Turns out, my parents were wrong and I wasn’t going to be presenting my nephew with his Eagle award, but it really did seem to mean a lot to him that I was there. Actually, it seemed to mean a lot to everyone to see me. I guess I shouldn’t be so surprised, but I never realized how important I was to my family. Of course, I spent some time setting up my parent’s new laptop and transferring settings and files over from the old one. I first thought that I’d be able to do that via a USB thumb drive, but there was just a little too much there to get onto a single one gig drive, so I had to use the network cable and crossover adapter that I’d brought with me. Good thing I have a little bit of experience being an IT consultant on the road and thought to bring some “extra” stuff I probably wouldn’t need, just in case. Sadly, I forgot to bring the copy of Word that I had for Mom and scratched the first CD of the Works install set, so I’ll have to ship them the CD and walk Mom through the install. Oh, the funny thing about her new laptop is the wireless connection. I cranked up that laptop and found five or six networks in the area with at least two that were unsecured, so I used that to piggy-back to the Internet. I think that ease of use just about convinced her to invest in broadband at their new house when the finally move in. They already have digital phone service through their cable, so I’m pretty sure they’d get a discount on the Internet connection, too. That along with a wireless router would really have them in the modern age of computing. And, I think they’d use their laptop more. Well, at least, Mom would. Dad mainly tells her what he wants and sends her off to do it, but he thinks he’s pretty high-tech, which is kind of funny. Actually, if you ever met either of my parents, it’d amuse you think of either of them being all that high-tech.

Though, somehow, they turned out at least two of us that make our living via technology. That’s just one of many things my brother and I have in common, though… It was nice talking with him some, though, I think we both wouldn’t have minded talking more. Eleven years apart and a vast difference in life experience, but we’re still the same in so many ways. Sadly, we both have many of the same things to fight through and over come. Both shy, each in our own way. Soft-spoken, but determined and, often, very single-minded of purpose. I honestly think that my brother has a PhD. because someone told him he couldn’t do it. We’re funny that way. Sometimes, that’s an asset, but not always.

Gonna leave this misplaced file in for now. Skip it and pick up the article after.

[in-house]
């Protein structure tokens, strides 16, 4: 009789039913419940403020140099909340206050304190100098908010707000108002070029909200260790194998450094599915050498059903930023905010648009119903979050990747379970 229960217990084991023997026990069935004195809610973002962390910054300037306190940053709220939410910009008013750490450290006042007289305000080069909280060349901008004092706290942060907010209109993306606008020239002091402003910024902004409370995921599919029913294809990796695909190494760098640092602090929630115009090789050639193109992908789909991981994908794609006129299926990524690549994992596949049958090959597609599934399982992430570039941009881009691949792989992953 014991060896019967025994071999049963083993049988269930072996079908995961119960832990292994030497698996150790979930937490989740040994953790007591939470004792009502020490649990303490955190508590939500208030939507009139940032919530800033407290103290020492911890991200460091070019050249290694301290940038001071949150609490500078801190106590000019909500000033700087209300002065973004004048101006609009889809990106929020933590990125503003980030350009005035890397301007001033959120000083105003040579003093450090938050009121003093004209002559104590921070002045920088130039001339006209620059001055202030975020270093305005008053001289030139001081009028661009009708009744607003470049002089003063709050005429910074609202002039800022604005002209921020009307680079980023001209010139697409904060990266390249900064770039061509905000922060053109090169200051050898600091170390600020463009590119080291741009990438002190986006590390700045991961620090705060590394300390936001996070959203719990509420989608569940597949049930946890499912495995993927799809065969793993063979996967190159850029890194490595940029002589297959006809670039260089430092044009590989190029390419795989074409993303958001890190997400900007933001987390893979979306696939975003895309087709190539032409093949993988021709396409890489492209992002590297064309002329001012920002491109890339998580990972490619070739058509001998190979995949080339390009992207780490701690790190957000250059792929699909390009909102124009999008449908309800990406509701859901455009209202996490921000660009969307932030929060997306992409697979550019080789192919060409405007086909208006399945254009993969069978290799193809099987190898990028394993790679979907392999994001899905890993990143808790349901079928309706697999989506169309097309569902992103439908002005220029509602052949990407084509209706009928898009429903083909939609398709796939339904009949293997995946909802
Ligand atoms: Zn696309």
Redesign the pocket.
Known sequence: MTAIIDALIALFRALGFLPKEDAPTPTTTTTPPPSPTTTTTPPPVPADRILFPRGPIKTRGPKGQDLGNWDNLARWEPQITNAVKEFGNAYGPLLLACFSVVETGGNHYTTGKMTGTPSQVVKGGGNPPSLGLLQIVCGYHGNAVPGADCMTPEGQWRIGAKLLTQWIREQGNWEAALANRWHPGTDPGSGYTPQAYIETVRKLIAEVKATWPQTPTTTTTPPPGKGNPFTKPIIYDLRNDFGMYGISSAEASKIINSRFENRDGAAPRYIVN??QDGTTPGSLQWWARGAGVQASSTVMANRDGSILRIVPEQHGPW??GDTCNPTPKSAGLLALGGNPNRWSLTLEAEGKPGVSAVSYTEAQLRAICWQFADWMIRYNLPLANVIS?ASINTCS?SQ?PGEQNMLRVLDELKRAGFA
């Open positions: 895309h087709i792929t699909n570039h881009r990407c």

Still, we often have very similar political views and, talking with my sole niece, Rachel, I was surprised to see how well our philosophies about kids meshed. That “little” girl has grown into quite a young woman. Just barely fifteen, but almost as tall as I am and, thankfully, looking more like her mother every day. I sat with her after her brother’s Eagle Ceremony and talked with her a bit, since I realized I didn’t really know her that well these days. The boys all center on me like iron filings on a magnet and that often seems to leave little room for Rachel. The last time I was home, she spent most of the time with Allison, my former step-daughter, and I didn’t get to talk to her. In any case, I took the opportunity to chat with her about a lot of different things, including driving, boys and her future plans. She didn’t have a boyfriend right now, but she’s already had two, which, at fifteen seemed like a good, slow start. She broke up with the last one, she told me, because he’d been smoking marijuana. Smart girl. Already learned that guys who smoke enough dope lose all motivation and ambition. It’s not just a stereotype. So, she was single, but didn’t seem in a big hurry to find the next guy, which I though was a good attitude, too. When I asked her about school and ideas for a career, she told me she wanted to go into nursing. Like I said, smart girl. It’s a good field and she has the right kind of personality for nursing. Even at fifteen, she was worried about her poor, old Uncle Jim standing when everyone else was sitting at the reception. I was glad for the chance to sit and talk with her. I just wish Allison had more of an opportunity to know her former cousin. I think Rachel would have been a good influence on her. Ah, well, maybe they’ll reconnect one day. Stranger things have happened.